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Distribution of Crust in Deep Eastern Gulf of Mexico

David B. Rosenthal, Richard T. Buffler, William P. Corso, Paul Weimer

Most current models for the evolution of the Gulf of Mexico suggest that Upper Jurassic oceanic crust underlies the deep part of the basin, surrounded by older, attenuated continental crust (thin transitional crust). Based on a detailed analysis of existing University of Texas Institute for Geophysics multifold seismic reflection data and a recently available grid of industry data, we have redefined the oceanic/transitional crust boundary as well as characterized and mapped basement trends in areas of oceanic crust in the deep eastern gulf. Along the eastern part of the study area, the crust boundary is defined where Middle Jurassic(?) salt and equivalent strata, deposited on transitional crust prior to the emplacement of oceanic crust, onlap and pinch out basinward onto basement block. In the northern and southern parts of the study area, the boundary is obscured by low-relief salt tongues. Regional basement highs and lows associated with oceanic crust within the central part of the deep eastern Gulf trend east-northeast-west-southwest. Deep marine rocks overlying oceanic crust appear to onlap both north and south onto a median high, suggesting that this linear feature may represent a segment of an extinct mid-ocean spreading ridge. A north-northwest-striking trough perpendicular to and bisecting the median ridge could represent an extinct fracture zone. These trends indicate that in the central gulf, sea-floor spreading was probably in a north-northwest-south-southeast direction. Apparent lack of regional structural trends in the eastern part of the s udy area, however, suggest a different origin for this part of the oceanic crust. These boundaries are structural trends provide important constraints for Gulf of Mexico reconstructions.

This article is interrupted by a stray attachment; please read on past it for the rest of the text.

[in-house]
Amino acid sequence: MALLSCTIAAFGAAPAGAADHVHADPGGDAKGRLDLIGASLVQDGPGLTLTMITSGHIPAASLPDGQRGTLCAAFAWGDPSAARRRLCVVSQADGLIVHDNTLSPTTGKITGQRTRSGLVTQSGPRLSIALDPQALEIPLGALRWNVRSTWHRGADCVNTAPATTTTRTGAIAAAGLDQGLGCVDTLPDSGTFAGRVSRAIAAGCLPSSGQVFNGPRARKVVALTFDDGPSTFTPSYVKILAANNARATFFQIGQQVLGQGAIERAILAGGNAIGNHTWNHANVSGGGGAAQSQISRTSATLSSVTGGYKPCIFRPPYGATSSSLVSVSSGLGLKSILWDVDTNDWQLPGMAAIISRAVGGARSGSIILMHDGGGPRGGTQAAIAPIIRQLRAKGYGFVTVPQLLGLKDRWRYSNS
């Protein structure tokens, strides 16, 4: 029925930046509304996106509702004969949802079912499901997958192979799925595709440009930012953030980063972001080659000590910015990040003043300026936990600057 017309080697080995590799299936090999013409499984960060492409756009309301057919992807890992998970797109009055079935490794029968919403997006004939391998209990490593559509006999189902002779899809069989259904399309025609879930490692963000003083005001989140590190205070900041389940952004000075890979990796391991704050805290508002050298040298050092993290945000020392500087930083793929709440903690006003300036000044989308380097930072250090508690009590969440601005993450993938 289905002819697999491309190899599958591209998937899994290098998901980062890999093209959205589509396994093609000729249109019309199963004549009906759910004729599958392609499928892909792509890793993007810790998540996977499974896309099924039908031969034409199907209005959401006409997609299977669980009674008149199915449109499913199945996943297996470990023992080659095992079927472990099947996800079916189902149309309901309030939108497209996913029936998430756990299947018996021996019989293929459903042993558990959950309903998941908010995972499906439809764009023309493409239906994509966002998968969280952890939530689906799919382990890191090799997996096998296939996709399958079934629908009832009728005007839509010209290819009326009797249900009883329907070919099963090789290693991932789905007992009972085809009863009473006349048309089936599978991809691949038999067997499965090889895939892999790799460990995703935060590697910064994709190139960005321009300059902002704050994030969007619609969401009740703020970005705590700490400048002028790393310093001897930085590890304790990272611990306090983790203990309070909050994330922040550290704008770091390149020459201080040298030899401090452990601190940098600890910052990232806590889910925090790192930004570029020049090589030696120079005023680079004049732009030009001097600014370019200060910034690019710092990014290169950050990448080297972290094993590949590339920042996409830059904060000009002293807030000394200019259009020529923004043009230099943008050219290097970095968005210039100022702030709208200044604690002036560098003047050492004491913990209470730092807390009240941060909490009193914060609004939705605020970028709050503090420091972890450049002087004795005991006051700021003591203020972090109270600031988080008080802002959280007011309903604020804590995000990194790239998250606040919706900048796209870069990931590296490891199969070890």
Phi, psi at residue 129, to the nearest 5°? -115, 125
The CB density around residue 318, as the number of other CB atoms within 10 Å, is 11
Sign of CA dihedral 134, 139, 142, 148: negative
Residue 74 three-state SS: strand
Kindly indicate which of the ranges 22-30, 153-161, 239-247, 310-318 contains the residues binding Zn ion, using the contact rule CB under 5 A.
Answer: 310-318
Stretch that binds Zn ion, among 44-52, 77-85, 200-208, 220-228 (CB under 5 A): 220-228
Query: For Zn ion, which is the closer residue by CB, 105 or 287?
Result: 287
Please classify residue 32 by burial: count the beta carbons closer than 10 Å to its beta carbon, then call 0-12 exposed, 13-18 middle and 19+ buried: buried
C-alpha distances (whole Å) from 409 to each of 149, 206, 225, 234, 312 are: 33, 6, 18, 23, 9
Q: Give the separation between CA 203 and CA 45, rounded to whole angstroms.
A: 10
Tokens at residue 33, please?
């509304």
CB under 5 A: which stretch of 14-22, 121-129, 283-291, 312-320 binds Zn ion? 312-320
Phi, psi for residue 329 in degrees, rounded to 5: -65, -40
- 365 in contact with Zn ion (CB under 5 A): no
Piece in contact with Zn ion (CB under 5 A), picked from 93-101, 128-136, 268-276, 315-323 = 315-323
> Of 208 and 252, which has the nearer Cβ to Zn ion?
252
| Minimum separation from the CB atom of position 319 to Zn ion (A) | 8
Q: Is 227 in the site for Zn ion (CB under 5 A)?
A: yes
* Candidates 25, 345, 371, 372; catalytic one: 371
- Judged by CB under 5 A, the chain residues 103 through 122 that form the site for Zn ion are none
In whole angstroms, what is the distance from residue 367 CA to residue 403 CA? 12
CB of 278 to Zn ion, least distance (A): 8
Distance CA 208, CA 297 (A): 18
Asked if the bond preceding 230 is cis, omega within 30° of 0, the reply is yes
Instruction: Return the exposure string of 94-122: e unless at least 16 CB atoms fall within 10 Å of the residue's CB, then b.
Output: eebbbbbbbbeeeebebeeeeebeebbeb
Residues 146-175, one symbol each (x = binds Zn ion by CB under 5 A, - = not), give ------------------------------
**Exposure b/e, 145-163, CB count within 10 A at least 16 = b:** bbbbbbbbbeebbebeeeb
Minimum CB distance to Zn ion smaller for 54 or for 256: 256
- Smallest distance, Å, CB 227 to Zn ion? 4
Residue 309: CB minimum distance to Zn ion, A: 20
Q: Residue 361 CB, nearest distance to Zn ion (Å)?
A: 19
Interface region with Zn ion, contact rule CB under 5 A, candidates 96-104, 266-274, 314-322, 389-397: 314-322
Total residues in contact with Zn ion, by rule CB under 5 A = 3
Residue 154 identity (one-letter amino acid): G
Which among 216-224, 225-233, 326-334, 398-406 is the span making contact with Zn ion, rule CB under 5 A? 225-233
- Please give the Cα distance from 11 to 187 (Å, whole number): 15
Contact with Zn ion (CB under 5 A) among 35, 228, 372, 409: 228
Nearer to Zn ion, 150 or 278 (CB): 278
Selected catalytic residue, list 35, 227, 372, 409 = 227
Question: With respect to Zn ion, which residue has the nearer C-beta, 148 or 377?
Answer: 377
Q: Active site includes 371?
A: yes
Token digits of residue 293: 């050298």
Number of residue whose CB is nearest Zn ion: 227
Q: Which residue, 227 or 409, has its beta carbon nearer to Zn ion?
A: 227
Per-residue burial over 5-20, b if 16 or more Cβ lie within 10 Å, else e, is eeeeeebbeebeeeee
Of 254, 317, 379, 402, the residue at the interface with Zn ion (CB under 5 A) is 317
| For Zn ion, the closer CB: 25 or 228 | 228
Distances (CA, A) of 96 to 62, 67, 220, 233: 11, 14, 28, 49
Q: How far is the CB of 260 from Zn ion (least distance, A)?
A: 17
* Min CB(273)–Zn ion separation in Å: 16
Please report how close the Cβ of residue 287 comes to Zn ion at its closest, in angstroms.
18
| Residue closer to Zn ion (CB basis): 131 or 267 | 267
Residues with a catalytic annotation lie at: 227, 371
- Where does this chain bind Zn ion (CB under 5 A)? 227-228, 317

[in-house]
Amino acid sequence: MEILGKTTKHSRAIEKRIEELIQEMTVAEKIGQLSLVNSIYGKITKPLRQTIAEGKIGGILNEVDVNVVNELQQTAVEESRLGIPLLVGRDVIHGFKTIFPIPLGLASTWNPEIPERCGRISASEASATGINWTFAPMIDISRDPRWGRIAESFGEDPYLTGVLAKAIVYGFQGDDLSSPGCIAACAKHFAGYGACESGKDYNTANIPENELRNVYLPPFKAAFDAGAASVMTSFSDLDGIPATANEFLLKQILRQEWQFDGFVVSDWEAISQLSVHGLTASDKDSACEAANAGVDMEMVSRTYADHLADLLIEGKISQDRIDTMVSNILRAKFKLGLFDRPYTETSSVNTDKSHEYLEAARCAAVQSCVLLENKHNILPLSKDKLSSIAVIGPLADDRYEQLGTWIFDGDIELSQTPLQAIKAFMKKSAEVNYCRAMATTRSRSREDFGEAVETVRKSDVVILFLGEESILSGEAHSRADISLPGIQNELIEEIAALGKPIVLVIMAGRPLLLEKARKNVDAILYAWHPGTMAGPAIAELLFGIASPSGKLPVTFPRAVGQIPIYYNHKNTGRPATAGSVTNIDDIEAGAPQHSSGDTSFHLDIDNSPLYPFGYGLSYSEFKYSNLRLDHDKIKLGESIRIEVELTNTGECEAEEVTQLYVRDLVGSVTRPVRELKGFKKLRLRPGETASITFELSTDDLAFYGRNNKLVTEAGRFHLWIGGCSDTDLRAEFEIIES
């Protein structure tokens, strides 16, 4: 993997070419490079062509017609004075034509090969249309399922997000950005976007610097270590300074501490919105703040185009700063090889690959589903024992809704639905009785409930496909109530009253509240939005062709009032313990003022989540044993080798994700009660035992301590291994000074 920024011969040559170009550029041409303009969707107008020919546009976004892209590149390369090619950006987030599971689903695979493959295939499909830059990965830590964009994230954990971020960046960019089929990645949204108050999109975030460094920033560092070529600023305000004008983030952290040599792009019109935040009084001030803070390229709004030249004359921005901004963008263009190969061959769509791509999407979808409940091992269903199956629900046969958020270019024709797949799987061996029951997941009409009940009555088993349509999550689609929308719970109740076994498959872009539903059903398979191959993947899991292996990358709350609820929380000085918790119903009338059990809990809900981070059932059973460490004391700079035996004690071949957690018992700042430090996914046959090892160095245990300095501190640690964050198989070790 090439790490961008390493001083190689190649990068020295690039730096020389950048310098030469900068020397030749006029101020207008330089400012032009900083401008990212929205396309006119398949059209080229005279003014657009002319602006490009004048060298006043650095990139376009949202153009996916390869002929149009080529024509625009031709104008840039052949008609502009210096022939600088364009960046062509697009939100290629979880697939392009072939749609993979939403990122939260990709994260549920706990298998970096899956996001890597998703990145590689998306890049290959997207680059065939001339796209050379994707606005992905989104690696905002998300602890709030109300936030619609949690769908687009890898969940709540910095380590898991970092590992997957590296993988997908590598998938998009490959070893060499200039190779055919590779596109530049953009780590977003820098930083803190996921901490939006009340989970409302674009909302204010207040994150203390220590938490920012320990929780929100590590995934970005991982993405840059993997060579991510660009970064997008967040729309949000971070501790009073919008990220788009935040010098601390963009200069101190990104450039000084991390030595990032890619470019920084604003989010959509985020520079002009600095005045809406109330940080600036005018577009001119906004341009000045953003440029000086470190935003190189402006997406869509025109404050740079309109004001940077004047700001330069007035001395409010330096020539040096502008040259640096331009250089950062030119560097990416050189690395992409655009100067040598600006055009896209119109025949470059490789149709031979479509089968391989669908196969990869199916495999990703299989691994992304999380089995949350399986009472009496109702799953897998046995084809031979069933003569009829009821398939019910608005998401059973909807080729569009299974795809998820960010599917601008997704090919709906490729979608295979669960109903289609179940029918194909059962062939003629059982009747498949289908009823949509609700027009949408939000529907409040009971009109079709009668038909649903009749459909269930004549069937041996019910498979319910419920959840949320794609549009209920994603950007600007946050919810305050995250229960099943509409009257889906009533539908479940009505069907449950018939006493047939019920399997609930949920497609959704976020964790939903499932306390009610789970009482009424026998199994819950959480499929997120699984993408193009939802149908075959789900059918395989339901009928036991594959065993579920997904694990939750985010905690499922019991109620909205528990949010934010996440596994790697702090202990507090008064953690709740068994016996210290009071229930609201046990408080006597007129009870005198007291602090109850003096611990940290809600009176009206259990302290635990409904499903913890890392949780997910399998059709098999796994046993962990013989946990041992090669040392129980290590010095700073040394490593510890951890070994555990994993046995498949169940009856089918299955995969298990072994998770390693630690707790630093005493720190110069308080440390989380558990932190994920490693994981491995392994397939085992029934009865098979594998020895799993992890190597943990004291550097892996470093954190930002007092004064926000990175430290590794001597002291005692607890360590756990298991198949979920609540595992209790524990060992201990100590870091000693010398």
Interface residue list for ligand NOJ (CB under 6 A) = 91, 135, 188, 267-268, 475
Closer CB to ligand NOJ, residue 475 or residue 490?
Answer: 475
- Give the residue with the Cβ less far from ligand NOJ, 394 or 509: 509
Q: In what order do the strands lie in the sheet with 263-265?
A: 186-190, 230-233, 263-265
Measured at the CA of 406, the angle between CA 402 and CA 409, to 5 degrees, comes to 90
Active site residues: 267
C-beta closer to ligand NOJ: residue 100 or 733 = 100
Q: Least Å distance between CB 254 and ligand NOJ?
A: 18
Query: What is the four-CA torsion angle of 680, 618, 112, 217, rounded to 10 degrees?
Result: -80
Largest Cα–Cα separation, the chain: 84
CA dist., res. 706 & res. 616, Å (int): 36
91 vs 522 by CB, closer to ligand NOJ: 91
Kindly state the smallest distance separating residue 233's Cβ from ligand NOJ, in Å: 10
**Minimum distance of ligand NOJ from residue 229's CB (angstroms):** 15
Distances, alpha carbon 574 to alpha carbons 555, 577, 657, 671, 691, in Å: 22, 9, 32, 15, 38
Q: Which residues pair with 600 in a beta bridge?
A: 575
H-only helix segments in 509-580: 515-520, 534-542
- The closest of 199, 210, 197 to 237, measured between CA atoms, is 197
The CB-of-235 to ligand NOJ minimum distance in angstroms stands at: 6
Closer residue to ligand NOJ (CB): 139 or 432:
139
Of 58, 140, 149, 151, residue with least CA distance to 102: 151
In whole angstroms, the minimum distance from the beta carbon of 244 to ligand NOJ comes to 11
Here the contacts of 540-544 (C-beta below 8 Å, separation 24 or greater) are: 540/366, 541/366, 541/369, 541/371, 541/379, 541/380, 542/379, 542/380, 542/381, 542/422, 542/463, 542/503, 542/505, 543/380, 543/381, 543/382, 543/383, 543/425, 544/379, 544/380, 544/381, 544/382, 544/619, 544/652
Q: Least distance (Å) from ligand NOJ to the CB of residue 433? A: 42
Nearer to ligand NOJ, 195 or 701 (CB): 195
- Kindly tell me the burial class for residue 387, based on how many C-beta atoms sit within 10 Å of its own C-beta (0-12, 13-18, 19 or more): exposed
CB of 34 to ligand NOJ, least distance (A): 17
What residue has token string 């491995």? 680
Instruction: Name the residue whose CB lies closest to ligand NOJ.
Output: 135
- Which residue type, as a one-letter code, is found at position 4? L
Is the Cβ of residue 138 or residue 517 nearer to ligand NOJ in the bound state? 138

AAPG Search and Discovery Article #91038©1987 AAPG Annual Convention, Los Angeles, California, June 7-10, 1987.